Ante-nicene fathers

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3131 Isa. lii. 10 ff. following LXX. on to liv. 6.

3232 Isa. lv. 3 to end.

3333 imatia; some read iamata, as in LXX., “thy health,” the better reading probably.

3434 Isa. lviii. 1–12.

3535 Deut. x. 16 f.

3636 Lev. xxvi. 40, 41.

3737 See Apol., i. 47. The Jews [By Hadrian’s recent edict] were prohibited by law from entering Jerusalem on pain of death. And so Justin sees in circumcision their own punishment.

3838 Isa. lvii. 1–4.

3939 Isa. lii. 5.

4040 Isa. iii. 9 ff.

4141 Isa. v. 18, 20.

4242 Matt. xxi. 13.

4343 This and following quotation taken promiscuously from Matt. xxiii. and Luke xi.

4444 Hos. i. and ii.

4545 [They did not Sabbatize; but Justin does not deny what is implied in many Scriptures, that they marked the week, and noted the seventh day. Gen. ii. 3, viii. 10, 12.]

4646 Ezek. xx. 12.

4747 Ex. xxxii. 6.

4848 Deut. xxxii. 15.

4949 nekrimaion, or “dieth of itself;” com. reading was ekrimaion, which was supposed to be derived from ekriptw, and to mean “which ought to be cast out:” the above was suggested by H. Stephanus.

5050 aoiko" kai paranomo".

5151 “The reasoning of St. Justin is not quite clear to interpreters. As we abstain from some herbs, not because they are forbidden by law, but because they are deadly; so the law of abstinence from improper and violent animals was imposed not on Noah, but on you as a yoke on account of your sins.”—Maranus.

5252 Deut. xxxii. 6, 20.

5353 Ezek. xx. 19–26.

5454 Amos v. 18 to end, vi. 1–7.

5555 Jer. vii. 21 f.

5656 Ps. i. (in E. V.).

5757 Isa. lxvi. 1.

5858 The man he met by the sea-shore.

5959 Josh. v. 2; Isa. xxvi. 2, 3.

6060 Isa. lxv. 1–3.

6161 Isa. lxv. 1–3.

6262 Other edd. have, “with us.”

6363 Otto reads: “Thy works which Thou shalt do to those who wait for mercy.”

6464 Some suppose the correct reading to be, “our glorious institutions [manners, customs, or ordinances] have,” etc., eqh for eqnh.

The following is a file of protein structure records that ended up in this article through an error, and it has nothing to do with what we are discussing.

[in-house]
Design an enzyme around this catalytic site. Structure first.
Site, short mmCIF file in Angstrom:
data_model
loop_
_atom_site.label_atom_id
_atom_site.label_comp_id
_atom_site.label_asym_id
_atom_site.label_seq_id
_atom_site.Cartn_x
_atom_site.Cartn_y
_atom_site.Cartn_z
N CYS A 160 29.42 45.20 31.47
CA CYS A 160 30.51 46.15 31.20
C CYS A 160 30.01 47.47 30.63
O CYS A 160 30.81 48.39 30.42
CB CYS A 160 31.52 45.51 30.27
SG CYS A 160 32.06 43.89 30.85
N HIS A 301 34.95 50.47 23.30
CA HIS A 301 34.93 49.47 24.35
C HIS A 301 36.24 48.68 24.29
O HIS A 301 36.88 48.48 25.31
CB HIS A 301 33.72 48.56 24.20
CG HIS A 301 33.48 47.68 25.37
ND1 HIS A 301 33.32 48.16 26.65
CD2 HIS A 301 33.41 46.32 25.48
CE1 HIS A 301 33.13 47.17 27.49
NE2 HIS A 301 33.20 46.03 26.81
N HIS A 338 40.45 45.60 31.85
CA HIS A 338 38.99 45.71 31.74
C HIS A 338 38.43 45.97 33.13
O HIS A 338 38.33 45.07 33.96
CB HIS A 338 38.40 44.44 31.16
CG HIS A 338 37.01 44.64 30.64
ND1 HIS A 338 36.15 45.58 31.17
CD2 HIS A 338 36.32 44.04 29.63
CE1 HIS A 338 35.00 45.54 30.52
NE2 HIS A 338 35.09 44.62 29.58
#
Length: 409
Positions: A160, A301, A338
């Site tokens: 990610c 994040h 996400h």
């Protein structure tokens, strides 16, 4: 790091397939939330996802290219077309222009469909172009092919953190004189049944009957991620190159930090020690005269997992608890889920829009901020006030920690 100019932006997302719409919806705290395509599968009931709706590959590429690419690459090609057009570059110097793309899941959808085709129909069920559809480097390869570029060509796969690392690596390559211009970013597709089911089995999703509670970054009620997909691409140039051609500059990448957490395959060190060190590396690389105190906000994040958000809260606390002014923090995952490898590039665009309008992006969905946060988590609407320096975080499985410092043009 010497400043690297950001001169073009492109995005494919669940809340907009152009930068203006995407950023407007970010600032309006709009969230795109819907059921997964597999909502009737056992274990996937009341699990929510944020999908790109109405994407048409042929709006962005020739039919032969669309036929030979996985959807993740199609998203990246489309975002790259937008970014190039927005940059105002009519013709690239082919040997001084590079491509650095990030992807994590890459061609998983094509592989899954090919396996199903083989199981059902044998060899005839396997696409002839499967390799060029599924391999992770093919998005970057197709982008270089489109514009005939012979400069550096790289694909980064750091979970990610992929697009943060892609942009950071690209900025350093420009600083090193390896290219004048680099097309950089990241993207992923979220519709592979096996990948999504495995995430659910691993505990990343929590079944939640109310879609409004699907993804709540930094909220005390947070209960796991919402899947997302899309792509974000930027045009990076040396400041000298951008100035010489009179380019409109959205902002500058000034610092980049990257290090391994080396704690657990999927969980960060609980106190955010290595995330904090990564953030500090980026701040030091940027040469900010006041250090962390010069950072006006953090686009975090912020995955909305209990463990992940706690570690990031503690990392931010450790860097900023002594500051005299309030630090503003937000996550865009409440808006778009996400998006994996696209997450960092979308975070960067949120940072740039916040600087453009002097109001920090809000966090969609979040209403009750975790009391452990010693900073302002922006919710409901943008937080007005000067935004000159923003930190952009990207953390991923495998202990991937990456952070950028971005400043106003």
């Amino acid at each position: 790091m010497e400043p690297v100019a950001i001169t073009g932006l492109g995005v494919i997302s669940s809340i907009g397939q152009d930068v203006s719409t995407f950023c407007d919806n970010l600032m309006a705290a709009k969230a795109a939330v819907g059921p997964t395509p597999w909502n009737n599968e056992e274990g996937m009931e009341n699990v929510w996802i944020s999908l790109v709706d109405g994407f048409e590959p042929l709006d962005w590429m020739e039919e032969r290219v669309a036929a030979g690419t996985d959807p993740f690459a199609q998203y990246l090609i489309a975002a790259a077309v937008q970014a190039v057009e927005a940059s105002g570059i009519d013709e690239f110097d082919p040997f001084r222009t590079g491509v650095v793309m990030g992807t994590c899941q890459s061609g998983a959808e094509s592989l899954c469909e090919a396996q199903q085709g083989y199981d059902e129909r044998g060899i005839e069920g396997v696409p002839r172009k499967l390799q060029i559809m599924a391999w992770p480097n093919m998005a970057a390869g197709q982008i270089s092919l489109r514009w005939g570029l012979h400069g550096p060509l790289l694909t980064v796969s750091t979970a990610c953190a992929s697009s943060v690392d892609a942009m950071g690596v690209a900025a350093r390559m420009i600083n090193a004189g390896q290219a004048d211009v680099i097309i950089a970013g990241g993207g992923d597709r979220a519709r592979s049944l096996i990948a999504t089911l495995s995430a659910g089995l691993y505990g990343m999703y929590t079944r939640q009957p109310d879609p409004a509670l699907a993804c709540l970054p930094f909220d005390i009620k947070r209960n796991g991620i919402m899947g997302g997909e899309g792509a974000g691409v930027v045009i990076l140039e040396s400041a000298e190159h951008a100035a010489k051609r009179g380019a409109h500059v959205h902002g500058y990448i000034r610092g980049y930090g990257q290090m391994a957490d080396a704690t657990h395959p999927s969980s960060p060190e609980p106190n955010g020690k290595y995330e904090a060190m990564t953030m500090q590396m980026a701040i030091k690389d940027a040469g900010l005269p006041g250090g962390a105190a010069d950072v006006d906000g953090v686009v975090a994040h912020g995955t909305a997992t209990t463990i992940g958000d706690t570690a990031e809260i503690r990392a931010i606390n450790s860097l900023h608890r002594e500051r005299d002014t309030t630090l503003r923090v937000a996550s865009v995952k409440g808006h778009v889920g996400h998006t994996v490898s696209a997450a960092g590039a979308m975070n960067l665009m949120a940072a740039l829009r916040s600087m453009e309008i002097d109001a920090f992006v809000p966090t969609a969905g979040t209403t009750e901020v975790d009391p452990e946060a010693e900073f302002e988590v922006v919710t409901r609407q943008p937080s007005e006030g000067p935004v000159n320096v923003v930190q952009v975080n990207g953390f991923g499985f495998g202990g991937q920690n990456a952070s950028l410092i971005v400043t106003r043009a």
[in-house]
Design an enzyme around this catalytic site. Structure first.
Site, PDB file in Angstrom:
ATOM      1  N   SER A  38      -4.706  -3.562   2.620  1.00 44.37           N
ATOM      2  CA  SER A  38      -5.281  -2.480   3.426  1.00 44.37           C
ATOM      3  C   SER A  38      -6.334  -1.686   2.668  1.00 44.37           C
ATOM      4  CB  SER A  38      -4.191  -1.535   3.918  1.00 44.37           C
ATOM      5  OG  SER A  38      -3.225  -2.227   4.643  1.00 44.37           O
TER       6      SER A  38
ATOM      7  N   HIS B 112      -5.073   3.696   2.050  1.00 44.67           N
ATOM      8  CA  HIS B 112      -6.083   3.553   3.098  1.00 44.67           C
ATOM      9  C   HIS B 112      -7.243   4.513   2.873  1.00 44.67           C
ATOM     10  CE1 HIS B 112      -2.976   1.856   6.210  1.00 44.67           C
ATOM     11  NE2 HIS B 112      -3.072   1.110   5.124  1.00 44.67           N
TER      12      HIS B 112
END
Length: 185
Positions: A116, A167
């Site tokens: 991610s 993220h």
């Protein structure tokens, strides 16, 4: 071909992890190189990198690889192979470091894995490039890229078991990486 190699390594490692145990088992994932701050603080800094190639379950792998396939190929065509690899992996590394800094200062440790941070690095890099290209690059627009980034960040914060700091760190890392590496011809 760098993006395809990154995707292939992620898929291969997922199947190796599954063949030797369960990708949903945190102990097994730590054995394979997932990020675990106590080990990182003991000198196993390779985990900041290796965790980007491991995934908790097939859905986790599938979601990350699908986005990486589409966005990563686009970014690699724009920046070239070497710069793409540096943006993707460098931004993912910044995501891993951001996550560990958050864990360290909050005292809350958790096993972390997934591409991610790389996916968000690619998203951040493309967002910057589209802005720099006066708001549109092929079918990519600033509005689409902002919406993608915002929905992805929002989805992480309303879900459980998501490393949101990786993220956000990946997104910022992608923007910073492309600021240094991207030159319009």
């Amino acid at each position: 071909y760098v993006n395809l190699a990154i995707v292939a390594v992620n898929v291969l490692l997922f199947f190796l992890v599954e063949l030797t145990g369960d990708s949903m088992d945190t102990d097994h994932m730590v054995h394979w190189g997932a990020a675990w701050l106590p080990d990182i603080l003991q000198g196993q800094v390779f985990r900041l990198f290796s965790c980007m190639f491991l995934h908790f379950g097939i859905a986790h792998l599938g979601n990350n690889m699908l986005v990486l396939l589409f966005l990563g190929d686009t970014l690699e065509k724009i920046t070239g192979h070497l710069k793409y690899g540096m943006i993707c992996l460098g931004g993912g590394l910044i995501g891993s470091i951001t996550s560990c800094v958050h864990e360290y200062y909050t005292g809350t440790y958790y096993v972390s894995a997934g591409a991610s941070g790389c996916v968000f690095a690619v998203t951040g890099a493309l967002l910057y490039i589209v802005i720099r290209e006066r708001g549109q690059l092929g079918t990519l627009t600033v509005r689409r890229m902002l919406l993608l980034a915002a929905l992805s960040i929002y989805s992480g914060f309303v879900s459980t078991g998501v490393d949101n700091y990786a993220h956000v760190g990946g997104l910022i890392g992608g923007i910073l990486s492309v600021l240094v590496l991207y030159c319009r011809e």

6565 Isa. lxiii. 15 to end, and lxiv.

6666 Isa. xlii. 6, 7.

6767 susseismon, “a shaking,” is the original reading; but LXX has susshmon, a standard or signal, and this most edd. adopt.

6868 Isa. lxii. 10 to end, lxiii. 1–6.

6969 Isa. lviii. 13, 14.

7070 Isa. iii. 16.

7171 Various passages strung together; comp. Rom. iii. 10, and foll. verses.

7272 Jer. iv. 3.

7373 So in A.V., but supposed to be Idumaea.

7474 Jer. ix. 25 f.

7575 Mal. i. 10, etc.

7676 Ps. xviii. 43.

7777 [This striking claim of the Old Testament Scriptures is noteworthy.]

7878 Or, “repentance of the Father;” patro" for pneumato". Maranus explains the confusion on the ground of the similarity between the contractions for the words, pr" and pn".

7979 Ps. xix.

8080 Literally, “And the ten horns, ten kings shall arise after them.”

8181 Dan. vii. 9–28.

8282 Isa. xxix. 14.

8383 Ps. cx.

8484 plhrwsei ptwmata; Lat. version, implebit ruinas. Thirlby suggested that an omission has taken place in the mss. by the transcriber’s fault.

8585 pephrwntai. Maranus thinks pepwrwntai more probable, “hardened.”

8686 Ps. lxxii.

8787 [A striking passage in De Maistre (Euvres, vol. vi. p. 275) is worthy of comparison.]

8888 Matt. vii. 15.

8989 1 Cor. xi. 19.

9090 Matt. vii. 15.

9191 Matt. xxiv. 11.

9292 Maranus remarks from Thirlby: “As Justin wrote a little before, ‘and is called Jacob in parable,_0’ it seems to convince us that Justin wrote, ‘thy face, O Jacob._0’” [The meaning in this latter case becomes plain, if we observe that “O Israel” is equivalent to, and means,“O house of Jacob:” an apostrophe to the Church of the ancient people.]

9393 Ps. xxiv.

9494 Ps. xlvi. 5–9. [The diapsalm is here used for what follows the “Selah.”]

9595 “For” wanting in both Codd.

9696 Ps. xcix.

9797 [Hebrew and Greek, “a good word,” i.e. the Logos.]

9898 Or, “God, thy God.”

9999 stakth.

100100 Literally, “garments of gold, variegated.”

101101 Literally, “of a hard-hearted opinion.”

102102 1 Kings xix. 14, 18.

103103 w outo". [Or, Look you, listen!]

104104 Literally, “carry us captive.”

105105 Ps. lxviii. 19.

106106 Isa. v. 21.

107107 Contrasting either Catholics with heretics, or Christians with Jews. [Note this word Catholic, as here used in its legitimate primitive sense.]

108108 Some think this particularly refers to the paschal lamb, others to any lamb which is roasted.

109109 Literally, “cords.”

110110 Chap. xv.

111111 Literally, “overthrowing with a perfect overthrow.”